Said Big Bill Broonzy, in 1956, as he was performing “This Train (Bound for Glory)” alongside Pete Seeger to an audience of college students.
Quoted in “Black Folk Musicians Are Reclaiming the Genre/In returning to a songbook that is decades — if not centuries — old, a new generation of performers is expanding the definition of what their traditional art form can be” (NYT).
“Folk,” meaning people in general, goes back to Old English.
The Oxford English Dictionary traces it back as far as 999: “Þa elkede man fram dæge to dæge, & swencte þæt earme folc þe on ðam scipon lagon.” Chaucer used it, in Middle English, c1405, that’s surprisingly readable: “Vp on thise steedes, grete and whyte Ther seten folk.”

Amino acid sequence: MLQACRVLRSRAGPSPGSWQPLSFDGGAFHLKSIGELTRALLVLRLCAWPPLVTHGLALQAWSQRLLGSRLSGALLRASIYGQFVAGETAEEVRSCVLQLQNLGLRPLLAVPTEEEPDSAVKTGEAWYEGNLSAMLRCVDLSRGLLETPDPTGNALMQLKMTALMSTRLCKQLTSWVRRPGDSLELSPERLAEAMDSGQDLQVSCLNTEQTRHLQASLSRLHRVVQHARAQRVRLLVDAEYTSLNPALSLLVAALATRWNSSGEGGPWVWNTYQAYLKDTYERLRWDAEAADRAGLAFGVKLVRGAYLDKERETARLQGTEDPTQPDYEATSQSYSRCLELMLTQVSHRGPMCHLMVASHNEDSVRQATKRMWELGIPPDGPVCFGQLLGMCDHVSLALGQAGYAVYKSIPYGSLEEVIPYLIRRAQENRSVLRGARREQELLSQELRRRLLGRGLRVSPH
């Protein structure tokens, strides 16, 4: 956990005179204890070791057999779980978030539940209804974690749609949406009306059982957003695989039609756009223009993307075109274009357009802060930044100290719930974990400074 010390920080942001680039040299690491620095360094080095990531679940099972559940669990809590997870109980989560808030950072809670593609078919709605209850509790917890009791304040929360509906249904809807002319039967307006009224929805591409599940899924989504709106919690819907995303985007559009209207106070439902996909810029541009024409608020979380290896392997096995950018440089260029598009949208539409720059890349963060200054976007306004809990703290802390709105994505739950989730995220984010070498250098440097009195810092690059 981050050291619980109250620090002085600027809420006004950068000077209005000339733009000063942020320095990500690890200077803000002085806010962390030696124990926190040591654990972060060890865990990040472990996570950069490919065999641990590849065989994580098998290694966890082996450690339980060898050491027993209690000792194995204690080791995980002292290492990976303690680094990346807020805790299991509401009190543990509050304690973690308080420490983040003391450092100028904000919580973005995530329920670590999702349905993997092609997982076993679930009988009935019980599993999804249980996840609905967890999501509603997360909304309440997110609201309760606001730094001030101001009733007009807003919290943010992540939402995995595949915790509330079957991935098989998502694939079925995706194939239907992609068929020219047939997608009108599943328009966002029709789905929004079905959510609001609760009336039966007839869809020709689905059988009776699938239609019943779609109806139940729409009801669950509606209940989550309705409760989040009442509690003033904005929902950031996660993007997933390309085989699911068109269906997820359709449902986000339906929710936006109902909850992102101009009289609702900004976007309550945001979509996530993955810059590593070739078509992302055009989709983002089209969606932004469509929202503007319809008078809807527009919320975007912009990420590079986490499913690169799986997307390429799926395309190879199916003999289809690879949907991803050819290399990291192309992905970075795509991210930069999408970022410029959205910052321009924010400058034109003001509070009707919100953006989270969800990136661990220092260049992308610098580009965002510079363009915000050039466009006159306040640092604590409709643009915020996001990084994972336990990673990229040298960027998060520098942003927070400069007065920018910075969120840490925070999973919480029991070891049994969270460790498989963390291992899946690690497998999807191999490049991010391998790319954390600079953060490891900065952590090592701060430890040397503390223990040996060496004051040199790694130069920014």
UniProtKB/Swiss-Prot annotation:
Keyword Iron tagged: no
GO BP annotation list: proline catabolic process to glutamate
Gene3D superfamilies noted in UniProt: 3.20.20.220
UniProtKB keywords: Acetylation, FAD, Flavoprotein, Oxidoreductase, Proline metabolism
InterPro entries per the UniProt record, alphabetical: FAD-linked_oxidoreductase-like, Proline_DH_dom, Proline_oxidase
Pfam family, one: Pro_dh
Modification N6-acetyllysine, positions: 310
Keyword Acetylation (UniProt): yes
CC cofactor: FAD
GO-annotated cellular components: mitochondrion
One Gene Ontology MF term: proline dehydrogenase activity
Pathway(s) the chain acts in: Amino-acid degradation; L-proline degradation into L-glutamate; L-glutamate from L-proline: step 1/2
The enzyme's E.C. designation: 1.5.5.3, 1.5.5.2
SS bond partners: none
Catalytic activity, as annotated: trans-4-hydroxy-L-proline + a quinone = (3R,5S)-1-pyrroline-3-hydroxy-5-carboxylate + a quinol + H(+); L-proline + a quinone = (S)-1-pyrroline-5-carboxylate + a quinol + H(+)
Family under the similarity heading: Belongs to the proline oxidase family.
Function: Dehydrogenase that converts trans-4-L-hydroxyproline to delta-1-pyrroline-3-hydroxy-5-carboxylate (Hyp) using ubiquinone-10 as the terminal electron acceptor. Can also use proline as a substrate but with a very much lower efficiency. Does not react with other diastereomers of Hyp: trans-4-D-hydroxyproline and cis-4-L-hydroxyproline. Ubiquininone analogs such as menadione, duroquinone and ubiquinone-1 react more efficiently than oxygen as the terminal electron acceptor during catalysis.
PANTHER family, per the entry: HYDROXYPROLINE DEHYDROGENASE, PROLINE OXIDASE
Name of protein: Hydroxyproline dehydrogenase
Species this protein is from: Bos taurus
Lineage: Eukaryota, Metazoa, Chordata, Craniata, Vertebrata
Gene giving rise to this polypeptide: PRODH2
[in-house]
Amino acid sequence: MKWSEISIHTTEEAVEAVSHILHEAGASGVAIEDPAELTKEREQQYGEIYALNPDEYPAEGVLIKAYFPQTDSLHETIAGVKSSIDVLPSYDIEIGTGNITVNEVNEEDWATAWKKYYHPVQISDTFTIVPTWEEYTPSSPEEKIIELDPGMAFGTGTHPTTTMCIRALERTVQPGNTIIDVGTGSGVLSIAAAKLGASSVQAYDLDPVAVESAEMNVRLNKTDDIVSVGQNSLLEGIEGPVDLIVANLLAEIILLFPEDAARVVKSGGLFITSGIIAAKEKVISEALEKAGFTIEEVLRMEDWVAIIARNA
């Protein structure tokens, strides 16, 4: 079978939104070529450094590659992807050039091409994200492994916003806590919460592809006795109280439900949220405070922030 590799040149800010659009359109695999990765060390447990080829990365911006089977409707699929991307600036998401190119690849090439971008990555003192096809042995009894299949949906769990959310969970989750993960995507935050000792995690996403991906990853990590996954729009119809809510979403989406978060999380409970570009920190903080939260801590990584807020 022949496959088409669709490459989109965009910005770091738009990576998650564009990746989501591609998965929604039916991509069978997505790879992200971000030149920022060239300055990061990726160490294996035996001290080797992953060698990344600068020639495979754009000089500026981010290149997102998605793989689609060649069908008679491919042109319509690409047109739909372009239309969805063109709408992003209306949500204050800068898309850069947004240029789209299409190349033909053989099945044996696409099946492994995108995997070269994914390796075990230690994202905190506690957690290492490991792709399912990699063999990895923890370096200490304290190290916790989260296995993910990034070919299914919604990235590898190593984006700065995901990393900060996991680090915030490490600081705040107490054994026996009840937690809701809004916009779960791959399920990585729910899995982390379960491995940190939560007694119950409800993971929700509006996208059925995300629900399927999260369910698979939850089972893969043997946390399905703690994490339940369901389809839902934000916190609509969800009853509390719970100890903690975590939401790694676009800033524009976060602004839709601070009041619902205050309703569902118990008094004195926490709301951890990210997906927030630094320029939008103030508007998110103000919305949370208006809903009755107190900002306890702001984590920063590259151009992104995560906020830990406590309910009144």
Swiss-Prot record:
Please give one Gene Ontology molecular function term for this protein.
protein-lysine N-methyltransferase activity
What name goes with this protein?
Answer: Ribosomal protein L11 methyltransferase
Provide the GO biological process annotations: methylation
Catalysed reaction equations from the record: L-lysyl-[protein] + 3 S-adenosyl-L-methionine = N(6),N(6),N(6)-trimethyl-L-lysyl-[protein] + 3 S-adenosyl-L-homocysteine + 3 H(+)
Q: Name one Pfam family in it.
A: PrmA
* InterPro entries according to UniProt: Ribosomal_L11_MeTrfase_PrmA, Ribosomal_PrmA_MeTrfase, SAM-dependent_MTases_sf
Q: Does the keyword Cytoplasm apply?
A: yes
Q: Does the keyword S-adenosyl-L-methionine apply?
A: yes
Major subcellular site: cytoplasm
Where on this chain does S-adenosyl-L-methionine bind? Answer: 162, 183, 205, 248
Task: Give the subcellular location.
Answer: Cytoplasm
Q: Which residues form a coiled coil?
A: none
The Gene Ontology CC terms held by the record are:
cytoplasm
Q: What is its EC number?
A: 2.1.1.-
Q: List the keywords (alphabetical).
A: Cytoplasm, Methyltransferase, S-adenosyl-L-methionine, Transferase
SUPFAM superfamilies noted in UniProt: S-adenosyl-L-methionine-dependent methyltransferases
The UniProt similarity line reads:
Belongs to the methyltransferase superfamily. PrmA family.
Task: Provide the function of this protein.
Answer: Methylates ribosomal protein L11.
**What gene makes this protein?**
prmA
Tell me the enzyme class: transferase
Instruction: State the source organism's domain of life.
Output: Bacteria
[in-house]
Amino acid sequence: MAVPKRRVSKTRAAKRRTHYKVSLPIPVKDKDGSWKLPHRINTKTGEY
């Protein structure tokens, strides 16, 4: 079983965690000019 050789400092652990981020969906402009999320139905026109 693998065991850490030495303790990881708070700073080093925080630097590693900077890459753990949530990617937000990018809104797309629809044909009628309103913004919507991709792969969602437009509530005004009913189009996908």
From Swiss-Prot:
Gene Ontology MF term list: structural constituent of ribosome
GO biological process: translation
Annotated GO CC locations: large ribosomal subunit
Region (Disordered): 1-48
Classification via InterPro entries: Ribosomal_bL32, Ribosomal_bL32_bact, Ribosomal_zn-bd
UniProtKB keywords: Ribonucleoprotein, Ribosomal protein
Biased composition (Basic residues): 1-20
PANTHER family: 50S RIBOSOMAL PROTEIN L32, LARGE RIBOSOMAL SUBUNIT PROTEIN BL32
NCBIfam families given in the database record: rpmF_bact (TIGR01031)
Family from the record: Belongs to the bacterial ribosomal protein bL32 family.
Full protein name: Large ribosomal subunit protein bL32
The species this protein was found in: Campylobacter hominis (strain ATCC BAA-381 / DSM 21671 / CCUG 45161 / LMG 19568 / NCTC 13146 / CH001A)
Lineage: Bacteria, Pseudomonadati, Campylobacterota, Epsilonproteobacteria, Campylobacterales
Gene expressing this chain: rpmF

And here’s Alexander Hamilton, with American terseness: “There were Folks killed in 1723.” That made me think of Ilhan Omar’s “Some people did something.”